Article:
What is Ecology
Ecology is one of the largest areas of biology. What is ecology and how do you divide it into different levels?
What is Ecology
Ecology is the science that studies the relationship between organisms and their environment. It is one of the largest fields of study in biology, because you can study ecology at all levels. You can also distinguish between plants and their environment and animals and their environment.
What is the environment
By the environment we mean the environment in which organisms live. This can be divided into an abiotic part and a biotic part. The abiotic part represents non-living nature, where you have to think of factors such as the amount, light, water, temperature and, for example, the soil condition. In the biotic part you have to think of living nature, for example predators, prey animals, partner to mate with and possible pathogens.
Ecology classified from major to minor
As mentioned above, you can study ecology at different levels. Then you start with the biosphere from large to small.
- The biosphere represents everything where organisms occur. Basically the whole earth. An example of a study could be climate change, which affects the entire earth.
- The biosphere is divided into ecosystems, these are separate areas on earth with a corresponding living environment. For example, the tropics, desert, savannah and in Western Europe, dunes, deciduous forest, heath and polder.
- Ecosystems are divided into the biotic community and the biotope. The ecological community concerns all populations in the relevant ecosystem, for example the lions, giraffes and elephants on the savannah and their mutual relationships. The biotope is about the abiotic factors in the ecosystem.
- The ecological community consists of loose populations. A population is a group of animals of the same species. For example, you can study the population of elephants on the savanna, the number of old males present in the population or the number of fertile females.
- A population consists of individuals of the same species. You are a species when two individuals can produce fertile offspring. In this way the species does not die out. In the field of the individual, you can, for example, research causes of death or ages.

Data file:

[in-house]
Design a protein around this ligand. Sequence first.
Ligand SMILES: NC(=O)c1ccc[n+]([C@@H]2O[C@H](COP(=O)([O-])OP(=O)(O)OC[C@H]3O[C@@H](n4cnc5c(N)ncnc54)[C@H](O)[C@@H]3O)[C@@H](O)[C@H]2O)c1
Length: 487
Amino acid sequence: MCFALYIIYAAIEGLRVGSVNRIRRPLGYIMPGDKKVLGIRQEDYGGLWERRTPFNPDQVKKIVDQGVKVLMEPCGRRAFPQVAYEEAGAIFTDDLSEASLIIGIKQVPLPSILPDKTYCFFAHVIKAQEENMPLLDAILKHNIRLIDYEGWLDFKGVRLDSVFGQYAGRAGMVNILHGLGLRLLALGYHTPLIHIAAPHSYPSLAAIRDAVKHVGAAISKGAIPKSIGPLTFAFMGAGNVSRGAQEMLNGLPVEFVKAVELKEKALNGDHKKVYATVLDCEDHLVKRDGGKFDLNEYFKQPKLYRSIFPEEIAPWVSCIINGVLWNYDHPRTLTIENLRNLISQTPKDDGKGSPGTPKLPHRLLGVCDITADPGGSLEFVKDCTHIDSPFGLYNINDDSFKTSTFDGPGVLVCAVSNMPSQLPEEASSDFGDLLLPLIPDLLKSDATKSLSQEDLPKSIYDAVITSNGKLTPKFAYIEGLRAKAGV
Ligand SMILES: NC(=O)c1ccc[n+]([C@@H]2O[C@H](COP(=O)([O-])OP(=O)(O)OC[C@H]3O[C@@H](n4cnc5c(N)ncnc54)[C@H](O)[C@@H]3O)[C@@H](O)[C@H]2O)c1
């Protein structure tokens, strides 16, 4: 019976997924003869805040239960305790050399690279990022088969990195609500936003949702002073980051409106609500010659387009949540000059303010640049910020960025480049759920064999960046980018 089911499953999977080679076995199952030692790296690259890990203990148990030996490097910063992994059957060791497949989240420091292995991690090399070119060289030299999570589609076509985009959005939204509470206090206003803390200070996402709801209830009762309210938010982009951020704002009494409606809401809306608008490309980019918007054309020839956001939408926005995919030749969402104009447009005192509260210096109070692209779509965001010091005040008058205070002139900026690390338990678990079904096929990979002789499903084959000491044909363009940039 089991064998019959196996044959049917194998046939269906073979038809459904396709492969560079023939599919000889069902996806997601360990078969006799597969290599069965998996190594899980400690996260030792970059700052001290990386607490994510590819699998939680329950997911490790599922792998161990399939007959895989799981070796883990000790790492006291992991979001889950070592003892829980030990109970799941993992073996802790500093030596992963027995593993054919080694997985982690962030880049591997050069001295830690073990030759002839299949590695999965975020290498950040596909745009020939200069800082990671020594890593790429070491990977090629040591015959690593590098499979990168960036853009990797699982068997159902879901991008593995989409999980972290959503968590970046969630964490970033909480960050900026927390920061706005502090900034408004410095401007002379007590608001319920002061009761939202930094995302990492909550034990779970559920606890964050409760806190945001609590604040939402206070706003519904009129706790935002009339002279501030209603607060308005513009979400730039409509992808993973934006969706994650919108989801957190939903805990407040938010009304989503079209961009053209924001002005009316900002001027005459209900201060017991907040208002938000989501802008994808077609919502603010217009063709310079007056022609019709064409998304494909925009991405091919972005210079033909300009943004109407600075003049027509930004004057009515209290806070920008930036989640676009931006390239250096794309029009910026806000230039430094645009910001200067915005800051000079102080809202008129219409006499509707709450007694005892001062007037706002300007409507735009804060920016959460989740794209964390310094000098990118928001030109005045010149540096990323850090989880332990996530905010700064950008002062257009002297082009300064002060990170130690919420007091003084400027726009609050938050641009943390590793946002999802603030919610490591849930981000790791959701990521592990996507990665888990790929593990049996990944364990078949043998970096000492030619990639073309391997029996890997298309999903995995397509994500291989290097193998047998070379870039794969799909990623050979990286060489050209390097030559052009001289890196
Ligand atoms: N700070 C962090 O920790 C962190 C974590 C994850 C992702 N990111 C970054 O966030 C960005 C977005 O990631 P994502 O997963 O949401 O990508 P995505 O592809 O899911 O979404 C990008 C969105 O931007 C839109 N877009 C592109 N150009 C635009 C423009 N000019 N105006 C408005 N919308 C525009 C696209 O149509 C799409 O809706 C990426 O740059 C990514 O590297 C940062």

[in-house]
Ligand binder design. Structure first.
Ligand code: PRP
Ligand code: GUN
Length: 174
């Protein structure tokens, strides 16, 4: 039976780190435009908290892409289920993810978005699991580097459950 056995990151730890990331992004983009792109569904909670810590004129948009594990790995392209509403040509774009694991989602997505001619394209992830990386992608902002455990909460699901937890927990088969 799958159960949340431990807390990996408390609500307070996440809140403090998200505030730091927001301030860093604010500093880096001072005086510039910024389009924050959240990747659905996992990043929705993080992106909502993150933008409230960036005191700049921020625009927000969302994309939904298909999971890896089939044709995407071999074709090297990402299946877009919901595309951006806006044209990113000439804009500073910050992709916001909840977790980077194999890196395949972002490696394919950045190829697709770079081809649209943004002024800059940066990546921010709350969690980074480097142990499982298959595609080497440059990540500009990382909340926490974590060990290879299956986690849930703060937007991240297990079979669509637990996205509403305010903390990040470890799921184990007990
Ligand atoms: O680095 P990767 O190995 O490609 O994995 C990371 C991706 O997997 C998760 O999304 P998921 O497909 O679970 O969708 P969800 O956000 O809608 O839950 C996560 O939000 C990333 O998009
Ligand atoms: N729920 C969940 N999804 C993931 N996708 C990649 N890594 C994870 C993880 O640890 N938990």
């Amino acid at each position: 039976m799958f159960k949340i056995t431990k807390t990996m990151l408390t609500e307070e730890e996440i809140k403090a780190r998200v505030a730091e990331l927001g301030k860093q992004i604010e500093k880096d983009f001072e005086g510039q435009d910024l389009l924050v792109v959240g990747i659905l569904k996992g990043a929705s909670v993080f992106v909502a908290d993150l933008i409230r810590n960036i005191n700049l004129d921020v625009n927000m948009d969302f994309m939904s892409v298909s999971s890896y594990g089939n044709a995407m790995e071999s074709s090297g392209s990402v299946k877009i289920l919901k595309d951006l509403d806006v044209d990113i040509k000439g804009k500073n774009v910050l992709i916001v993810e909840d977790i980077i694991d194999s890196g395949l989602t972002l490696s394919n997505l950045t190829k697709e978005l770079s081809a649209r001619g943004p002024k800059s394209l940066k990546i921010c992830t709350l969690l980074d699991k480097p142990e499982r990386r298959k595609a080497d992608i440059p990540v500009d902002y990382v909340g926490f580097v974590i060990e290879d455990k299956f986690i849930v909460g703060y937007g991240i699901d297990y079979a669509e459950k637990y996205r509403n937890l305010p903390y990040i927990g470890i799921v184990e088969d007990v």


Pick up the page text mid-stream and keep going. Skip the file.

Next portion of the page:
Ecology can be studied at all these levels, which explains why it is one of the largest and most interesting areas of biology.
Food relationships within the ecosystem
Organisms eat each other within ecosystems. You can represent these food relationships in two ways.
- A food chain. This is a series of species that eat each other. A food chain is usually quite simple and always starts with a plant. A food series can consist of three links, but also ten. This depends on the number of species that occur in the chain. At the end of the food chain is the top predator. In the sea the top predator is the shark, on land the human being. An example of a food chain looks like this: grass → rabbit → fox
- A food web. This contains all organisms of the relevant ecosystem and is much more complicated in structure. A food web also always starts with a plant. In a food web, organisms can be eaten by several predators. A simplified food web would arise if we add grass → goose → fox to the above food chain.
A food chain or food web always starts with a plant. Plants are also called producers. With the help of sunlight, they can make glucose, or produce energy, from water and carbon dioxide. Consumers like humans cannot do that and therefore need a producer to make a living. Even if you eat a piece of meat, the animal from which that meat came has eaten plants or had prey that lived off plants.
So in ecology you not only do not look at the relationship between organisms and their environment, you can also study and map food relationships.